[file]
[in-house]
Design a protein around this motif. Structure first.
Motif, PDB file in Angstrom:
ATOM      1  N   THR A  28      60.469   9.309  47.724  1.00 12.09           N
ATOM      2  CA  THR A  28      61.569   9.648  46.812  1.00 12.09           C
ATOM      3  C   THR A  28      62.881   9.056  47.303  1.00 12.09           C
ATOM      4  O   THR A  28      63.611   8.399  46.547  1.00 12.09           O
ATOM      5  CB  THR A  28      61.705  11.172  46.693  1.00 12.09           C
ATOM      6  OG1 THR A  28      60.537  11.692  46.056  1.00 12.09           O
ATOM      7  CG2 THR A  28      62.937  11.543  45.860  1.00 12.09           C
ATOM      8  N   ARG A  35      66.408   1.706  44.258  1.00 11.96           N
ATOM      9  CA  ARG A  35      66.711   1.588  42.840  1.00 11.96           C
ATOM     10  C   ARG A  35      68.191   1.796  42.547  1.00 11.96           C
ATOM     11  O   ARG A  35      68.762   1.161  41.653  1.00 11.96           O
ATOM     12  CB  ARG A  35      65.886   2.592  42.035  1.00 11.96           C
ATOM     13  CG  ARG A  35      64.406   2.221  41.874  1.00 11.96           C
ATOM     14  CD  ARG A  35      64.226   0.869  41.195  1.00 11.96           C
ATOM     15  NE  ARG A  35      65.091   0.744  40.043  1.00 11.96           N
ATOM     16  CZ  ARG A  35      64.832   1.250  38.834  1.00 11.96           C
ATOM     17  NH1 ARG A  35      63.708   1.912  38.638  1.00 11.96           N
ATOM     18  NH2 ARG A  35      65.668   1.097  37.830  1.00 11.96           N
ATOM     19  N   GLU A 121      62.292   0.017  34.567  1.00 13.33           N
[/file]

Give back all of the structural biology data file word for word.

[in-house]
Design a protein around this motif. Structure first.
Motif, PDB file in Angstrom:
ATOM      1  N   THR A  28      60.469   9.309  47.724  1.00 12.09           N
ATOM      2  CA  THR A  28      61.569   9.648  46.812  1.00 12.09           C
ATOM      3  C   THR A  28      62.881   9.056  47.303  1.00 12.09           C
ATOM      4  O   THR A  28      63.611   8.399  46.547  1.00 12.09           O
ATOM      5  CB  THR A  28      61.705  11.172  46.693  1.00 12.09           C
ATOM      6  OG1 THR A  28      60.537  11.692  46.056  1.00 12.09           O
ATOM      7  CG2 THR A  28      62.937  11.543  45.860  1.00 12.09           C
ATOM      8  N   ARG A  35      66.408   1.706  44.258  1.00 11.96           N
ATOM      9  CA  ARG A  35      66.711   1.588  42.840  1.00 11.96           C
ATOM     10  C   ARG A  35      68.191   1.796  42.547  1.00 11.96           C
ATOM     11  O   ARG A  35      68.762   1.161  41.653  1.00 11.96           O
ATOM     12  CB  ARG A  35      65.886   2.592  42.035  1.00 11.96           C
ATOM     13  CG  ARG A  35      64.406   2.221  41.874  1.00 11.96           C
ATOM     14  CD  ARG A  35      64.226   0.869  41.195  1.00 11.96           C
ATOM     15  NE  ARG A  35      65.091   0.744  40.043  1.00 11.96           N
ATOM     16  CZ  ARG A  35      64.832   1.250  38.834  1.00 11.96           C
ATOM     17  NH1 ARG A  35      63.708   1.912  38.638  1.00 11.96           N
ATOM     18  NH2 ARG A  35      65.668   1.097  37.830  1.00 11.96           N
ATOM     19  N   GLU A 121      62.292   0.017  34.567  1.00 13.33           N